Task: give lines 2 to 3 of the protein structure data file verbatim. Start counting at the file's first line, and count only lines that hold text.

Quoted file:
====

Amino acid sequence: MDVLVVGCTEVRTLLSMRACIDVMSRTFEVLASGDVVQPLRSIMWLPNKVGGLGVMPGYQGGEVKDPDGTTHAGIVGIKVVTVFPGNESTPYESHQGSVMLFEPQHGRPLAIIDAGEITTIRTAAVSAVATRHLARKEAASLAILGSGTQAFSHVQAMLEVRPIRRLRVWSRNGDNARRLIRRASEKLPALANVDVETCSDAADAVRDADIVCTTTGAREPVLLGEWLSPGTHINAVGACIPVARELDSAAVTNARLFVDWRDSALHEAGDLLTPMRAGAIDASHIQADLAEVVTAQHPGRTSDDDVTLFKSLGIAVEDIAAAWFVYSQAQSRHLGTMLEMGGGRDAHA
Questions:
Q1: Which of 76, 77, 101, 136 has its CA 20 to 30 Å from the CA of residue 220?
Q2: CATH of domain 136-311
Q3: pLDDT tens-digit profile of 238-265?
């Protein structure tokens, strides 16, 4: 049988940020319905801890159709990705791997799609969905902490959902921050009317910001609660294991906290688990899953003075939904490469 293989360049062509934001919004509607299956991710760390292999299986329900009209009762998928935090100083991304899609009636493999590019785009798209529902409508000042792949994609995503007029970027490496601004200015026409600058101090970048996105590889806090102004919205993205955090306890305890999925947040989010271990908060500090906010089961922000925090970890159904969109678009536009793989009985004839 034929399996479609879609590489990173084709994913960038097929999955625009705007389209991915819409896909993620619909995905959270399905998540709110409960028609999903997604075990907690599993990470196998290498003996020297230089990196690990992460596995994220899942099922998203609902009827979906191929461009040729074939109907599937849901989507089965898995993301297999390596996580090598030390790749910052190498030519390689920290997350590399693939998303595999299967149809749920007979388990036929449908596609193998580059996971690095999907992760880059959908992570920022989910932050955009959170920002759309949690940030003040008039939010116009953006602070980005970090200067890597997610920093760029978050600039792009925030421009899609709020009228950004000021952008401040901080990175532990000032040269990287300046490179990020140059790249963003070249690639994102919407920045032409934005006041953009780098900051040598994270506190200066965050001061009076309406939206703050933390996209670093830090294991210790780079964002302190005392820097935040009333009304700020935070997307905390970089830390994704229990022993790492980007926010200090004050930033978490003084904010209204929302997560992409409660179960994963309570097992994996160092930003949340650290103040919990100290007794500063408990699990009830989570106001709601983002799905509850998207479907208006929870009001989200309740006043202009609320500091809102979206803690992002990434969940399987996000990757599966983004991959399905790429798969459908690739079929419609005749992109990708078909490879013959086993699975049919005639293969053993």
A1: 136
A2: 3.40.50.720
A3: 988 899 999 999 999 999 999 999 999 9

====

Questions:
Q1: Which of 76, 77, 101, 136 has its CA 20 to 30 Å from the CA of residue 220?